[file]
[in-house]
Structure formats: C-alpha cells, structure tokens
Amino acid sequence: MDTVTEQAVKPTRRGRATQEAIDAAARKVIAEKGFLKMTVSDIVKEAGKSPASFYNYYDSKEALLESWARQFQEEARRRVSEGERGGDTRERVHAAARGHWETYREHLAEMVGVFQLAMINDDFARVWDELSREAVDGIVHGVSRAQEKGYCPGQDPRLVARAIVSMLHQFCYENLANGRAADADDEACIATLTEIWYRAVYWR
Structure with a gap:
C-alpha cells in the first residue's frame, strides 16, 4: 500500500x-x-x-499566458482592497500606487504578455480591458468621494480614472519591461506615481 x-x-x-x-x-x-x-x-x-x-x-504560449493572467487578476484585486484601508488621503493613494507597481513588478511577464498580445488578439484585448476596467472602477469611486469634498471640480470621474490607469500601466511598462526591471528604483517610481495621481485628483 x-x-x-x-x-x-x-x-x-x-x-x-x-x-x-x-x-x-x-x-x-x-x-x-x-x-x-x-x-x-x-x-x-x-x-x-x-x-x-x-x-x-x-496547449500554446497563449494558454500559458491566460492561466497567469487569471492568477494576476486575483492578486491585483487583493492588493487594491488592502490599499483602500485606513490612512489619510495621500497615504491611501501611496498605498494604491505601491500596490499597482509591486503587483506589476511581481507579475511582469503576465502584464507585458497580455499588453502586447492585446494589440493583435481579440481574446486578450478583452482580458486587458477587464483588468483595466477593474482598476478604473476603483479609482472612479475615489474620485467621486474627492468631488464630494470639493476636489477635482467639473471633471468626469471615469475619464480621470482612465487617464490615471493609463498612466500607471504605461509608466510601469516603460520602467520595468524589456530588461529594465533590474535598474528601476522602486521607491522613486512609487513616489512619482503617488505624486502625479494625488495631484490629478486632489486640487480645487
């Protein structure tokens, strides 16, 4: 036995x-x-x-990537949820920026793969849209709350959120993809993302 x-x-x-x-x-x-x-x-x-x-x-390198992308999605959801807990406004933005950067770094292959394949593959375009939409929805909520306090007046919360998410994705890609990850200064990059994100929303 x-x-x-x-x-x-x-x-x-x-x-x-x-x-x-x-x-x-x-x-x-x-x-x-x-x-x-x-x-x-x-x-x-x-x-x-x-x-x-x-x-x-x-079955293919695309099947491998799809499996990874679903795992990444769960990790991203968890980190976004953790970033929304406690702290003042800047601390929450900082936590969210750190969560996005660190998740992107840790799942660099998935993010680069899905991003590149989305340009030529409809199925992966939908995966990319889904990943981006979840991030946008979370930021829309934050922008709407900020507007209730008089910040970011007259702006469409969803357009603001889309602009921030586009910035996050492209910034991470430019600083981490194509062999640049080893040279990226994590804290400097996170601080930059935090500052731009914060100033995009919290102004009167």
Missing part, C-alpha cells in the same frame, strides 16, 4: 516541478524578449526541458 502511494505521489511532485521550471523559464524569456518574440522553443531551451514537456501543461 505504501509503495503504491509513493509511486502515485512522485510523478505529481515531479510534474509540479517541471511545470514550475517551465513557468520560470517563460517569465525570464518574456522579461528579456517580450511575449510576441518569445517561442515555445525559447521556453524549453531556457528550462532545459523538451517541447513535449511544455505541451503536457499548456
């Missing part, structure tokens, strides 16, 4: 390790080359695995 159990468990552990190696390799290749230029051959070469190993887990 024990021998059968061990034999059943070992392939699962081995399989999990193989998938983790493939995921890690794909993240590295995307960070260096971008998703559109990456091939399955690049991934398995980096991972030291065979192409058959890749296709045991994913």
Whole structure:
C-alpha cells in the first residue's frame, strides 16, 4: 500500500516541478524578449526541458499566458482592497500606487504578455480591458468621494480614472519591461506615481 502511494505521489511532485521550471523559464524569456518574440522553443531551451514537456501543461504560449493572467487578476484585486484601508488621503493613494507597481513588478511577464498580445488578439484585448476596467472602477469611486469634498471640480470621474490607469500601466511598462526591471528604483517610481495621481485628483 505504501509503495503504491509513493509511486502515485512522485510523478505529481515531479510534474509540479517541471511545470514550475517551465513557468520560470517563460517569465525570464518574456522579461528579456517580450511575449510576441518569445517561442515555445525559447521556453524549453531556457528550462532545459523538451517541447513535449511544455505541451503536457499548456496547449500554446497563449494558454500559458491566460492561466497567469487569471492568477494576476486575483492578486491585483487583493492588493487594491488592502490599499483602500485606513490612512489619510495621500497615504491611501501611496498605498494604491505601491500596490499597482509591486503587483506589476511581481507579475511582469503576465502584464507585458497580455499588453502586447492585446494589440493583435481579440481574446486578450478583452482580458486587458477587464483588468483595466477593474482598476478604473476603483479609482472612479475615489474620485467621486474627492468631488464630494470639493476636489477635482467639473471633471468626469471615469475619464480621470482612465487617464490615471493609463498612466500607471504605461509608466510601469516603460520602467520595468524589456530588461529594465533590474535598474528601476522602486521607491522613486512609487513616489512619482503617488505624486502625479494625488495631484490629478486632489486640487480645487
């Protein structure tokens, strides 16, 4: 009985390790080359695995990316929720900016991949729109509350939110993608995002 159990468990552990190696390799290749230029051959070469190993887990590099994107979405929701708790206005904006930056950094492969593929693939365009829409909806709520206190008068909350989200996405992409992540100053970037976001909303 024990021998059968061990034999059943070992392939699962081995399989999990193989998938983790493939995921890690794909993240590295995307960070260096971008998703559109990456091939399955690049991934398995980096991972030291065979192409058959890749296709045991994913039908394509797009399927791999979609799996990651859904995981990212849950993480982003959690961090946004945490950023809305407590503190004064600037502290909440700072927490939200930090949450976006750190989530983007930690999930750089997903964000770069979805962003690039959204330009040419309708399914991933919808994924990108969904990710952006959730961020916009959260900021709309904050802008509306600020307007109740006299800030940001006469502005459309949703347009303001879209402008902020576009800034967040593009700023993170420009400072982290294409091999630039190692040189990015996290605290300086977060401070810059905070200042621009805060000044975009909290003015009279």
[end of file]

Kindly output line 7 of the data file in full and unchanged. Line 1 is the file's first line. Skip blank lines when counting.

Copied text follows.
Missing part, C-alpha cells in the same frame, strides 16, 4: 516541478524578449526541458 502511494505521489511532485521550471523559464524569456518574440522553443531551451514537456501543461 505504501509503495503504491509513493509511486502515485512522485510523478505529481515531479510534474509540479517541471511545470514550475517551465513557468520560470517563460517569465525570464518574456522579461528579456517580450511575449510576441518569445517561442515555445525559447521556453524549453531556457528550462532545459523538451517541447513535449511544455505541451503536457499548456